A few years ago, when I was offered a small show at Black Swan Arts in Frome, I decided not to gather together my past glories but to create a collection of entirely new pictures, painted especially for the exhibition. I was going to paint one hundred of them, in fact; there would be no theme or restrictions on content, except that they were all to be the same size and painted in the same medium – acrylic. Each painting would be fairly small at only 12 inches square, but even so, with art classes and painting holidays to run, it was clear that I’d be putting myself under a lot of pressure and that I would have to eat, live, breath and sleep my art.
György Sebők, the great pianist and mentor, after listening to a student’s performance, told him that he could tell from his playing that he loved music. “But,” said Sebők, “that is not enough; you have to be music.” Once that happens, he continued, then you need never concern yourself about hitting a wrong note again, for if you are music, then every note must be the right one!
The brilliant, Swiss German artist and pedagogue, Paul Klee made a similar remark after an epiphanic trip to Tunisia:
“Colour possesses me. I don’t have to pursue it. It will possess me always, I know it. That is the meaning of this happy hour: Colour and I are one. I am a painter.”
Whatever you think of the paintings of Francis Bacon, just a glimpse into his studio should be enough to convince you that he was art. Painting was a constant in his life. It was the norm, as it was for Vincent Van Gogh, traipsing every day with his easel, across the fields near Arles, producing eighty masterpieces during the last year of his life, or Lucien Freud, working right up until the day he died, with his paints and easel at the foot of his bed. David Hockney is a successful and wealthy man, well past retirement age, who can do as he pleases any day of the week, yet chooses to shut himself away in his studio in L.A., painting. Like Klee, these people are all possessed. For them, art isn’t a spare time activity at a once-a-week art class and perhaps, when we fully appreciate this, we may begin to feel a little less frustrated by the fact our own paintings pale into insignificance beside theirs.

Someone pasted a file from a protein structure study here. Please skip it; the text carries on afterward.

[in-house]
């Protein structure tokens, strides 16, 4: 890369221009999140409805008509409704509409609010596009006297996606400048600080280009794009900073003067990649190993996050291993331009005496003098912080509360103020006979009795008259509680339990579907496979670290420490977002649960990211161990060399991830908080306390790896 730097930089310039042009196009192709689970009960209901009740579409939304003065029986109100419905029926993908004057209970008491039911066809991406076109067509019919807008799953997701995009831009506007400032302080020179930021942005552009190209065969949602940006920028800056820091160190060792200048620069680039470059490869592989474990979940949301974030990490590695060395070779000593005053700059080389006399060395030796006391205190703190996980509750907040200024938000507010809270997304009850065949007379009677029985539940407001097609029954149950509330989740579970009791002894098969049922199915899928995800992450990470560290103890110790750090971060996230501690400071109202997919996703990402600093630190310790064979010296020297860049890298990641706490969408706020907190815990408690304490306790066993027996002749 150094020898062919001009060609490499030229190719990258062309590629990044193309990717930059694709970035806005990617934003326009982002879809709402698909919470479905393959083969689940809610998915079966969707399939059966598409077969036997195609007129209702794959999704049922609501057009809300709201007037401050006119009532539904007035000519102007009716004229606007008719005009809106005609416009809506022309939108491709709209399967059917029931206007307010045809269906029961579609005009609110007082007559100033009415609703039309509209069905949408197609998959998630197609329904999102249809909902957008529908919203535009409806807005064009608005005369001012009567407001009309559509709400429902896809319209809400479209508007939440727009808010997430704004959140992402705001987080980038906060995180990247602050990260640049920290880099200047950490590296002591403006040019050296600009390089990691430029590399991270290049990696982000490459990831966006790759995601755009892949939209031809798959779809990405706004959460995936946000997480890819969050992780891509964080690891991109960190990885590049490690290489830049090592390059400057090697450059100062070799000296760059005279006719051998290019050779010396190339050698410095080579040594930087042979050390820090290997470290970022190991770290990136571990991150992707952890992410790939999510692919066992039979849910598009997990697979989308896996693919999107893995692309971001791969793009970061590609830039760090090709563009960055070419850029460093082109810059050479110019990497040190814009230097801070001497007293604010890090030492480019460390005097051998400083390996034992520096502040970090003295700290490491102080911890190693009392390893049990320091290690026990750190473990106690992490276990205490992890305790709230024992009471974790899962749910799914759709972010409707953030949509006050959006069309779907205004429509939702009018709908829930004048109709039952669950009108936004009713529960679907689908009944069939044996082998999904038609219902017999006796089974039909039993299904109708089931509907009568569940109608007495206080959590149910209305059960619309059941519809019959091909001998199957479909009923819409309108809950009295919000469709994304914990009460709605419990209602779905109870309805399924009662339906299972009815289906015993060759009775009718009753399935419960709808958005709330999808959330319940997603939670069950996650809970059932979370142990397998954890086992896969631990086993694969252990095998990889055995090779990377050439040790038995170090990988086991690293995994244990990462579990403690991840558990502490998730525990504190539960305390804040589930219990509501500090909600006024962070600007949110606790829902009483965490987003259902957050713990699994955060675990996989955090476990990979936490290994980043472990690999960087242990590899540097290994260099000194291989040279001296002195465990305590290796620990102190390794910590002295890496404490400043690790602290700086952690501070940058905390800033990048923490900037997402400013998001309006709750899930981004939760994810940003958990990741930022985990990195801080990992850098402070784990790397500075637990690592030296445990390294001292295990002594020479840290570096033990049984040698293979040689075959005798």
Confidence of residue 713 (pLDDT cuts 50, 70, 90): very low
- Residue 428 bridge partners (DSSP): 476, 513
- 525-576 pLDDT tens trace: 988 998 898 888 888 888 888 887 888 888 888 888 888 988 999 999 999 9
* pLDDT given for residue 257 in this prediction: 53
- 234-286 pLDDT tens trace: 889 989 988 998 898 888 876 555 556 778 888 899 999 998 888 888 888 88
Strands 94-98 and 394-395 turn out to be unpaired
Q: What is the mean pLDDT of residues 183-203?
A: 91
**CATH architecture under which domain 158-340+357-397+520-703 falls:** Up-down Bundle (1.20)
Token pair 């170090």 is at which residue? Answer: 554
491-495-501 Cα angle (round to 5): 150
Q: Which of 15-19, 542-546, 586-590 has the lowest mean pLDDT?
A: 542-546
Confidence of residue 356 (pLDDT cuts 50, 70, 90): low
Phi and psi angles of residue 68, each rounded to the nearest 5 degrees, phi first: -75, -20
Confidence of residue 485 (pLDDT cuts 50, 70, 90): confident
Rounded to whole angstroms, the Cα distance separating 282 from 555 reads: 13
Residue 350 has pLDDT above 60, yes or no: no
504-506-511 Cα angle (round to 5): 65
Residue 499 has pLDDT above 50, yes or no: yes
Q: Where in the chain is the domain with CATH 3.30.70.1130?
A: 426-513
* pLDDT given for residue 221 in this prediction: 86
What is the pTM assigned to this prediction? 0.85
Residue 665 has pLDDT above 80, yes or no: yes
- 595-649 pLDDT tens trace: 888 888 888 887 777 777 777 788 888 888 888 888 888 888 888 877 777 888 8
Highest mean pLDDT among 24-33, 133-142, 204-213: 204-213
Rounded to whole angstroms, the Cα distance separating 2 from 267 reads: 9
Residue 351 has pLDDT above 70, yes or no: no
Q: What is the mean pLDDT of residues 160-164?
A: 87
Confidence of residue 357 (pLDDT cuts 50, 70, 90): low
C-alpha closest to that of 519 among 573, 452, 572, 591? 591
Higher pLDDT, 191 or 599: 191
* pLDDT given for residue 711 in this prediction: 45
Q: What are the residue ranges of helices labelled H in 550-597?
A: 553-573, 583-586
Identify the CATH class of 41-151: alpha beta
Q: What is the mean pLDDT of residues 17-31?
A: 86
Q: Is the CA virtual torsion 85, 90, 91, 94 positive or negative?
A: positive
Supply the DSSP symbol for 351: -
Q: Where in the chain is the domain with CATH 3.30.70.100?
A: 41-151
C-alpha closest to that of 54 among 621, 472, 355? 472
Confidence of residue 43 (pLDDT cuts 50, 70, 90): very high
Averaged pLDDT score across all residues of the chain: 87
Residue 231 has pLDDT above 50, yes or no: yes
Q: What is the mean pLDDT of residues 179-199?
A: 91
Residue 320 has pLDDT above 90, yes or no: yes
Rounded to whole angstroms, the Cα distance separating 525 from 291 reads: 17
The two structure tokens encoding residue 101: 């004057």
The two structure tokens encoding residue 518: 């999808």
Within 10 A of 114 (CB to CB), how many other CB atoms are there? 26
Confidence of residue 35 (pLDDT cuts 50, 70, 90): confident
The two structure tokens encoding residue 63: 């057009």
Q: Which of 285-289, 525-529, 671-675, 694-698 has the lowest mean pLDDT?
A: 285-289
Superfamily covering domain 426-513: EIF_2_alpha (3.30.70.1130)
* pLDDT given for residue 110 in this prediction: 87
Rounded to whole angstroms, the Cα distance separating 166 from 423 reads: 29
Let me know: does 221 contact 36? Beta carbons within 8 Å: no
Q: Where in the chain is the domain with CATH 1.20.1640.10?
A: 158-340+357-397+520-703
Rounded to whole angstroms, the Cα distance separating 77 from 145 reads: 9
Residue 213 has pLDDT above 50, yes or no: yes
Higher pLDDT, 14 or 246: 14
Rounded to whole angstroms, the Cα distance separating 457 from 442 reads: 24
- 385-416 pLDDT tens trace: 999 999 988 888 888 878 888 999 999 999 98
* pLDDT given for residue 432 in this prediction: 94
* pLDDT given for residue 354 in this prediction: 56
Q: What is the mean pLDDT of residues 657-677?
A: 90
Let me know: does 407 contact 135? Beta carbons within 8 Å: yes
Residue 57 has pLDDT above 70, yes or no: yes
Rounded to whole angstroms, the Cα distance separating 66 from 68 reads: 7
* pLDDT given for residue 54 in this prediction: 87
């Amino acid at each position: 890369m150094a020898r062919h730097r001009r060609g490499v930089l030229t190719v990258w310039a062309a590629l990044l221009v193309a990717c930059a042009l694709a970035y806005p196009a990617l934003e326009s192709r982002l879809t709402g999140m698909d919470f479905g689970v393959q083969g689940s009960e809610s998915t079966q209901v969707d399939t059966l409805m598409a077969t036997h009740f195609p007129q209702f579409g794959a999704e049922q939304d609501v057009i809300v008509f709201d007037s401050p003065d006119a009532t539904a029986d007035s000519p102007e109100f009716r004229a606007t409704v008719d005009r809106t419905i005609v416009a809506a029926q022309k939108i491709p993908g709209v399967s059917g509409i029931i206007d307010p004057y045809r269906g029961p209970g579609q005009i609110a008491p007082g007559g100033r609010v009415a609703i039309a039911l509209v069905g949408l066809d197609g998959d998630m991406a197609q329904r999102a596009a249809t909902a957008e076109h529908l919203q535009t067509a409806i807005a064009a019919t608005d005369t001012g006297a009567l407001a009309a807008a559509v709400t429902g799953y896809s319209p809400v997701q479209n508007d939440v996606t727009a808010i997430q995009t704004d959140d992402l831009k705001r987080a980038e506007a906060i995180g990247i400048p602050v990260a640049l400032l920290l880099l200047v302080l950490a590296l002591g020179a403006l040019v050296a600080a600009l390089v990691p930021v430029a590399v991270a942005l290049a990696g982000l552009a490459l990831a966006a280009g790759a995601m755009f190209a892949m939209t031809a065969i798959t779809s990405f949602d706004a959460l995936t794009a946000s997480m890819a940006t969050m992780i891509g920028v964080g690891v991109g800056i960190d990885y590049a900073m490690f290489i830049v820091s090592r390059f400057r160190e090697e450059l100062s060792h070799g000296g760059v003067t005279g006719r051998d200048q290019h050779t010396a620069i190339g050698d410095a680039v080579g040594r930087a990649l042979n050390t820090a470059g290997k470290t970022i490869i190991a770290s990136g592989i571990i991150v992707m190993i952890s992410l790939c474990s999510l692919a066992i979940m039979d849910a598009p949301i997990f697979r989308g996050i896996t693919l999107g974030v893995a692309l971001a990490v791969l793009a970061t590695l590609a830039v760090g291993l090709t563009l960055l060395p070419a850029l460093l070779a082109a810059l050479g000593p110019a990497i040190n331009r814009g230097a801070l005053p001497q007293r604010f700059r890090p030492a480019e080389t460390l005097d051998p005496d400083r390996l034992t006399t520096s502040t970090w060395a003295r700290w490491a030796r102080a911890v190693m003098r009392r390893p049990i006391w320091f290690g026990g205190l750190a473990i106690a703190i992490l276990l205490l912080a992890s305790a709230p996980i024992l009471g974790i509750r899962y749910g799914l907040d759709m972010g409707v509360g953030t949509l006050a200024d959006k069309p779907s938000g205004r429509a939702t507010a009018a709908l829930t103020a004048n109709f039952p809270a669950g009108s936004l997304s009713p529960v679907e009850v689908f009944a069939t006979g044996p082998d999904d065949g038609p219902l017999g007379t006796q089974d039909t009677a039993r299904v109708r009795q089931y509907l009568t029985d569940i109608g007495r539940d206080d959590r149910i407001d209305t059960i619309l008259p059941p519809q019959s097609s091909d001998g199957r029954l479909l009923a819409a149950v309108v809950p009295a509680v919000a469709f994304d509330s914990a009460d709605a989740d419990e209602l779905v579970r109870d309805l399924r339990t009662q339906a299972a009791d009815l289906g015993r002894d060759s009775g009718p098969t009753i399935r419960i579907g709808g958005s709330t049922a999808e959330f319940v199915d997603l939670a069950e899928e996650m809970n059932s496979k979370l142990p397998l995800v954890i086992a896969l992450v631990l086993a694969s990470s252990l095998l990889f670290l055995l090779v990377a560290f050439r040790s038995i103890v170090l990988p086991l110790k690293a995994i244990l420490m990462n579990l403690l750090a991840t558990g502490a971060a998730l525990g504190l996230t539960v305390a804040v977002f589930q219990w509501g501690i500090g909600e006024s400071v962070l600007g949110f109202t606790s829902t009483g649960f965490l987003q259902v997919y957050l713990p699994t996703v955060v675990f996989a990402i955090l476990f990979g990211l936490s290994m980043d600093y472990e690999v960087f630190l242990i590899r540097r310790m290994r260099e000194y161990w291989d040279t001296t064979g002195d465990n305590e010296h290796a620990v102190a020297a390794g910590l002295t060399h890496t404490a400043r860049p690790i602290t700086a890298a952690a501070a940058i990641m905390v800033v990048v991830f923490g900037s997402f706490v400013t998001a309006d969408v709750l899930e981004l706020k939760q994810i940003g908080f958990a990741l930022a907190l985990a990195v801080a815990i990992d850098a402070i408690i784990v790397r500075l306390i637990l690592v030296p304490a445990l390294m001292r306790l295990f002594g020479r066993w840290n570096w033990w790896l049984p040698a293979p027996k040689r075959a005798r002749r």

Commitment to one’s art may take enormous courage. For Braque and Picasso to abandon the fashionable styles of the day for their dour, analytical, ochre, grey and black cubist work was a leap in the dark. At the time, they would have had no way of knowing that their break with fashion would be so fruitful.
“Au fond, ma seule maîtresse, c’est la musique.” Maurice Ravel
Commitment to one’s art may require a sacrifice, too. The French composer, Maurice Ravel, frequented bordellos and occasionally consorted with street walkers, but never married:
“You see, an artist has to be very careful when he wants to marry someone, because an artist never realizes his capacity for making his companion miserable. He’s obsessed by his creative work and by the problems it poses. He lives a bit like a daydreamer and it’s no joke for the woman he lives with.”
Biographies of the famous abound with the caution that any artist who is committed to their art is no respecter of others and their needs. The Dada artist, Kurt Schwitters’ ‘Merzbau,’ was a kind of walk-in collage of grottos and columns which grew and grew until it reached the ceiling of his studio home, whereupon, Schwitters summarily evicted the tenants upstairs so that he could continue to build.
My own latest commitment, is to a roll of canvas, 10 metres long which I unroll every week and lather with paint. Rather than 100 different pictures, I’m now working on one giant one with a single theme. At the snail’s pace I’m painting, it may be a long time before I succeed, or indeed, an equally long time before I fail.
To view a short film about my 100 paintings project, Image Wall, click here.